Both Airbus and the French BEA (Bureau d’Enquêtes et d’Analyses) have denied reaching any conclusions about the June 1, 2009, crash of Air France Flight 447, following reports in the French media that Airbus advised its customers that investigators had found no technical faults with the accident aircraft, an A330-200 that crashed into the South Atlantic on June 1, 2009, implying human error.
“Airbus strongly disagrees with any form of speculation in the scope of the safety investigation and deplores all inappropriate communication concerning such a serious event that should be handled with professionalism and dignity,” the manufacturer said in a May 17 statement.
Soon after French accident investigators extracted the data from the memory cards inside Flight 447’s flight recorders, Airbus sent an accident information telex (AIT) to operators that, according to the company statement, contained no safety related recommendations. Airbus stressed that the BEA issued official approval to transmit the telex, apparently in reaction to the French authority’s insistence that it alone holds the right to communicate on the progress of the investigation.
“Consequently, any information on the investigation that comes from another source is null and void, if it has not been validated by the BEA,” the bureau said in its own statement, issued a day after the French newspaper Le Figero reported that information extracted from the flight recorders would exonerate Airbus of any culpability in the crash.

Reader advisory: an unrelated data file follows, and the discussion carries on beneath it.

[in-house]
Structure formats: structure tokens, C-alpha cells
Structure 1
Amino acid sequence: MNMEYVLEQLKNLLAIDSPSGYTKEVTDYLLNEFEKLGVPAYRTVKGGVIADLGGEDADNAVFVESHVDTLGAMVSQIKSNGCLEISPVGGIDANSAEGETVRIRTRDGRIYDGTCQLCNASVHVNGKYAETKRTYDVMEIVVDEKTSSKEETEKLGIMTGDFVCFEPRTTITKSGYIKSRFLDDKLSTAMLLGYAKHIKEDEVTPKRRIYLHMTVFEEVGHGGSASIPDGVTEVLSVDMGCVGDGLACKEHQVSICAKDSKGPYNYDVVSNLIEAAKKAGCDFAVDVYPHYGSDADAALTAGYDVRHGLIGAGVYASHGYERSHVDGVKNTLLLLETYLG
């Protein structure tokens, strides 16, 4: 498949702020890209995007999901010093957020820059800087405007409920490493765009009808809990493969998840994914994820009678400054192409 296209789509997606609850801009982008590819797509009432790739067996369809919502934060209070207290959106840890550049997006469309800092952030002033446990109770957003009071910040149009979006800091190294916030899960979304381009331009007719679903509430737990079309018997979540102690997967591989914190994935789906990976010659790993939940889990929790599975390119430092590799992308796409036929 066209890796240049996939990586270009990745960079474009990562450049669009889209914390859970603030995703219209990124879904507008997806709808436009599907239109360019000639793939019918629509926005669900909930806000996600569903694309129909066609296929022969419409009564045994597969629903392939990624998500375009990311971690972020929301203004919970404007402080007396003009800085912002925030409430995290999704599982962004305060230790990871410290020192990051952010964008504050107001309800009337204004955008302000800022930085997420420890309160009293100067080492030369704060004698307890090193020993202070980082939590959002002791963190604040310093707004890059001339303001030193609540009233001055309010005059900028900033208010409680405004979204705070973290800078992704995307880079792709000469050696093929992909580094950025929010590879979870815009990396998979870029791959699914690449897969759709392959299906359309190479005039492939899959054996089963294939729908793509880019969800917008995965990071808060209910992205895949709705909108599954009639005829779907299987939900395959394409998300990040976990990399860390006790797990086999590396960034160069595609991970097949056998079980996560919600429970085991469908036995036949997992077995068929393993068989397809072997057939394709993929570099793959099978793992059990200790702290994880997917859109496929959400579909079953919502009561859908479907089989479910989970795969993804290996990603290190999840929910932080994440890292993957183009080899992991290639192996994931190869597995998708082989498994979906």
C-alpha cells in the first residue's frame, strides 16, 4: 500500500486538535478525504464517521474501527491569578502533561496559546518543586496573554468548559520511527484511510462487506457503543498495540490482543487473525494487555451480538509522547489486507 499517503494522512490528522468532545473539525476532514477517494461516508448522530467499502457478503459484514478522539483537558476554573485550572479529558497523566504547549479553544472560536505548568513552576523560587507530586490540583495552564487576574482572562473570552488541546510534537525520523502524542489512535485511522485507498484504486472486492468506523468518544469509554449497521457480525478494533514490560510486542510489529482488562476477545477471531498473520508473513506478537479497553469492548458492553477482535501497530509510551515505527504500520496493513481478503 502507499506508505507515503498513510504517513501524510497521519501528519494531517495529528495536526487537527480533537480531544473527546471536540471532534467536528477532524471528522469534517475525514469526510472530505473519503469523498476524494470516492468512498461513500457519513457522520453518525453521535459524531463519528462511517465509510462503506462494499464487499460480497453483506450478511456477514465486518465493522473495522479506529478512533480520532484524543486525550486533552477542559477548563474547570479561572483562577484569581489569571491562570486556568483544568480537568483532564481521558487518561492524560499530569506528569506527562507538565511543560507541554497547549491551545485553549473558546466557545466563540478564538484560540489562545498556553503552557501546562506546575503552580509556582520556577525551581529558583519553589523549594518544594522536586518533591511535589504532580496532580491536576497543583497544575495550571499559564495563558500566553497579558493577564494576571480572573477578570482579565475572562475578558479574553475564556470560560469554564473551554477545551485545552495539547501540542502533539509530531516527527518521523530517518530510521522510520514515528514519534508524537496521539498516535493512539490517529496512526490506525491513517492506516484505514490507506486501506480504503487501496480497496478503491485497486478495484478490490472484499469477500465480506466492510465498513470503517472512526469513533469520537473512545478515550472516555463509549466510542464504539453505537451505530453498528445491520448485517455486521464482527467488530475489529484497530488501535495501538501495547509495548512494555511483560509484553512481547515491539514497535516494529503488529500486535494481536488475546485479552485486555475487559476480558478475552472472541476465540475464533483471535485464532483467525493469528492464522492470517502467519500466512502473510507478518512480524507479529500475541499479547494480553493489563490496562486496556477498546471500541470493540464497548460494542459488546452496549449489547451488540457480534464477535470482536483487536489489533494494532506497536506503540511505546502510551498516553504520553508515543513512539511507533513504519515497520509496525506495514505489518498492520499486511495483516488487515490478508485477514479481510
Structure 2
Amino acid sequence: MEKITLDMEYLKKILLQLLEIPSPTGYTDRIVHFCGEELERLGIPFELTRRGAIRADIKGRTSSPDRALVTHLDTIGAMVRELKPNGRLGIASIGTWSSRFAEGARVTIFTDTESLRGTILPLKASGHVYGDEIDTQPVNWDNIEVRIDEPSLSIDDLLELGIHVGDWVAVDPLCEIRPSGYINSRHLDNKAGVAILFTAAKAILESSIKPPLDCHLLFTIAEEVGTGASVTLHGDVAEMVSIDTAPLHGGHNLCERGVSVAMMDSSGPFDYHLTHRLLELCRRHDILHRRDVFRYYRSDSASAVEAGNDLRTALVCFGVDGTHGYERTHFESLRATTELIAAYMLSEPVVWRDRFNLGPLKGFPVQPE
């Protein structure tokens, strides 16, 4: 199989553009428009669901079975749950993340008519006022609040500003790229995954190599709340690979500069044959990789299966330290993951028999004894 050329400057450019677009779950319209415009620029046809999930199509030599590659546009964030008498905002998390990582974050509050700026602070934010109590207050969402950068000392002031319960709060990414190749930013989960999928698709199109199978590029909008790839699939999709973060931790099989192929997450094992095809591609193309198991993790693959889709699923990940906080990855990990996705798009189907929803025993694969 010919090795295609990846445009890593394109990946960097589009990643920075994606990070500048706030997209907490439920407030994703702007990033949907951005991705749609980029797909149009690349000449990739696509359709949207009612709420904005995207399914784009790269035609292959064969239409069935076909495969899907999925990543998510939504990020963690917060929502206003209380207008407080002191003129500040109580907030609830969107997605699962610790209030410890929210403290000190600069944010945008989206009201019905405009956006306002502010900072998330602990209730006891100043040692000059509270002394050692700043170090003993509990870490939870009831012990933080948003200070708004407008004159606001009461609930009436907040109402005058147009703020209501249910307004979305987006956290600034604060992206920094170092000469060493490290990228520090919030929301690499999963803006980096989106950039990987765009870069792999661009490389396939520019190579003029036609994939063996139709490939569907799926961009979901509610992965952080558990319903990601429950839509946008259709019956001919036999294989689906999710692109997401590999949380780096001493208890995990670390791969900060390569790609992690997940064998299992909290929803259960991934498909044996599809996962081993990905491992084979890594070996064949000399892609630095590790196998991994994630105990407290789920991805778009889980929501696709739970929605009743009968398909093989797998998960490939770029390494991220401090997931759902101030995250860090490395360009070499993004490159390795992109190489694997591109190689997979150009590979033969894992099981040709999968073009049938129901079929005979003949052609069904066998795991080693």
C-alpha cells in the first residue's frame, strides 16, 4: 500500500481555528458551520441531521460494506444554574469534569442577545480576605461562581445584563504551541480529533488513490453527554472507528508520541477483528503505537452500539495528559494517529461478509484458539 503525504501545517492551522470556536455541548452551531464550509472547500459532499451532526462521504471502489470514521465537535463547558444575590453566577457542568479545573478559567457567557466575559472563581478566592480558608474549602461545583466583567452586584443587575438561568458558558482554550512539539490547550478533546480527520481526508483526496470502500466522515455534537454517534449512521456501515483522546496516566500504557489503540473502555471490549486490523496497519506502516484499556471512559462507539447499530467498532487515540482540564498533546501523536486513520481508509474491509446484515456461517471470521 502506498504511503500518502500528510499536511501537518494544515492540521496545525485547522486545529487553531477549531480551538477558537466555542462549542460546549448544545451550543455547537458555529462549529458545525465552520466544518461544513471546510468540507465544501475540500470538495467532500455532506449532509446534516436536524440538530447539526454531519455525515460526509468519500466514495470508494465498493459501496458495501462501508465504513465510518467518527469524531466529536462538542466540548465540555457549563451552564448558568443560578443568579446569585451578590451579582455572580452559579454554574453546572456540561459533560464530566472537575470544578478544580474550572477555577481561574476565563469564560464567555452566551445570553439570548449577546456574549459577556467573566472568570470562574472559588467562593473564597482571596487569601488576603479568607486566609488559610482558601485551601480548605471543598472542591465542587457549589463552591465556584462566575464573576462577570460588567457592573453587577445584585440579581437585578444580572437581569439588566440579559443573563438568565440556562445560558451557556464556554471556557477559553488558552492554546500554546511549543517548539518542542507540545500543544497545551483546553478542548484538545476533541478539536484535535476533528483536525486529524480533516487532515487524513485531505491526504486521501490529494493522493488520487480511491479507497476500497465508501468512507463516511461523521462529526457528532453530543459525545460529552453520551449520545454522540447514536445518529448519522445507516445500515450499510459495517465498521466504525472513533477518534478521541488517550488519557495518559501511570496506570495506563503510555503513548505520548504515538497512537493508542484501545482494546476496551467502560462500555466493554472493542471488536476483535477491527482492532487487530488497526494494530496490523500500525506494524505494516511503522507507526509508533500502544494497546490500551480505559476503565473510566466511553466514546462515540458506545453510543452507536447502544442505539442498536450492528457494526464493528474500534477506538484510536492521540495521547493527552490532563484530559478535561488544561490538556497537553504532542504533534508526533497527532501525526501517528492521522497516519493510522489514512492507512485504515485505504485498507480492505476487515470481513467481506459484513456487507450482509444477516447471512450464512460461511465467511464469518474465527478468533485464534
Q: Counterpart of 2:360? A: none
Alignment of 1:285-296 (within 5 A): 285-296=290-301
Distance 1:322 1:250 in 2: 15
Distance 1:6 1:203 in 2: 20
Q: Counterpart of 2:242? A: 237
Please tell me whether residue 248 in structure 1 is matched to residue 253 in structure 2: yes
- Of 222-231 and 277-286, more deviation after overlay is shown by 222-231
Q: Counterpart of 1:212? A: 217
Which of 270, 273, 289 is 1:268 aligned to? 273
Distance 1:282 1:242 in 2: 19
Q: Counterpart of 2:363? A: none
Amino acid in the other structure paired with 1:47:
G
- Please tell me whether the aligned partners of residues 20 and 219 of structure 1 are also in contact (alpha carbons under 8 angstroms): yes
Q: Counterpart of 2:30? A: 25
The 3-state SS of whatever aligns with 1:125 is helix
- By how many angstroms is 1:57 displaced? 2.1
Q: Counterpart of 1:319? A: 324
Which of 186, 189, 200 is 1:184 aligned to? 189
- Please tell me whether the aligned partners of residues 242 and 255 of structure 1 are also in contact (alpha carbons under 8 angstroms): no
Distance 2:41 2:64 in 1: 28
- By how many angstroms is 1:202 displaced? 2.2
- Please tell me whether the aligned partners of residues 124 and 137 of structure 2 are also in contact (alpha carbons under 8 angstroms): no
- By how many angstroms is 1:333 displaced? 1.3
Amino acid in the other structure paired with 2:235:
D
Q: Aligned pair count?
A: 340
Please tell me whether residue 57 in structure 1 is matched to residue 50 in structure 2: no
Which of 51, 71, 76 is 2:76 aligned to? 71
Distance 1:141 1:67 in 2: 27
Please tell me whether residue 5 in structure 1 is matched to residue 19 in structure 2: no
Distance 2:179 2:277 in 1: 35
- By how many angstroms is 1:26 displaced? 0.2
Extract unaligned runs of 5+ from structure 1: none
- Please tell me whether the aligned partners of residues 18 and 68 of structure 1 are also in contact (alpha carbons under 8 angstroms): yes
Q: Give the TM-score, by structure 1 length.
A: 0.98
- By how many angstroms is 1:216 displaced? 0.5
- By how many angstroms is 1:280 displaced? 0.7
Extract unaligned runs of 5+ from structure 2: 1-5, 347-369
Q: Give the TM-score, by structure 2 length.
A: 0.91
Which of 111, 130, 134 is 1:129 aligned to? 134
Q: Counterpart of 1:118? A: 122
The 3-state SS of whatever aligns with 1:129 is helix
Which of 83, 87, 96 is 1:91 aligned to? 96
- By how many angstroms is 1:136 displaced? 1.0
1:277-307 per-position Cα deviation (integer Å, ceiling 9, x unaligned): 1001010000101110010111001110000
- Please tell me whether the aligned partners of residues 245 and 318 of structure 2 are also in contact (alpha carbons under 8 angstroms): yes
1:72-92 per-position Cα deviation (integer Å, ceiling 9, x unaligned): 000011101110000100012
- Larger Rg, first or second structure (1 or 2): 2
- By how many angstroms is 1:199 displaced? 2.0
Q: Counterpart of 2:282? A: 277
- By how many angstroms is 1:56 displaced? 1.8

Although it now stresses that “at this stage of the investigation, no conclusions can be drawn,” the BEA had deemed as a contributing factor frozen-over pitot tubes, which, it suspected, could have led to faulty airspeed indications and the disengagement of the autopilot indicated by ACARS messages transmitted in flight.
BEA officials have now opened, extracted, cleaned and dried the memory cards from the flight recorders, and downloaded the information at the agency’s headquarters at Le Bourget, outside Paris. According to the BEA, the downloads gathered all of the data from the flight data recorder (FDR), as well as the entire recording of the last two hours of the flight from the cockpit voice recorder (CVR). An in-depth analysis of the data will take “several weeks,” it said, after which the agency plans to write a new interim report and publish it during the summer.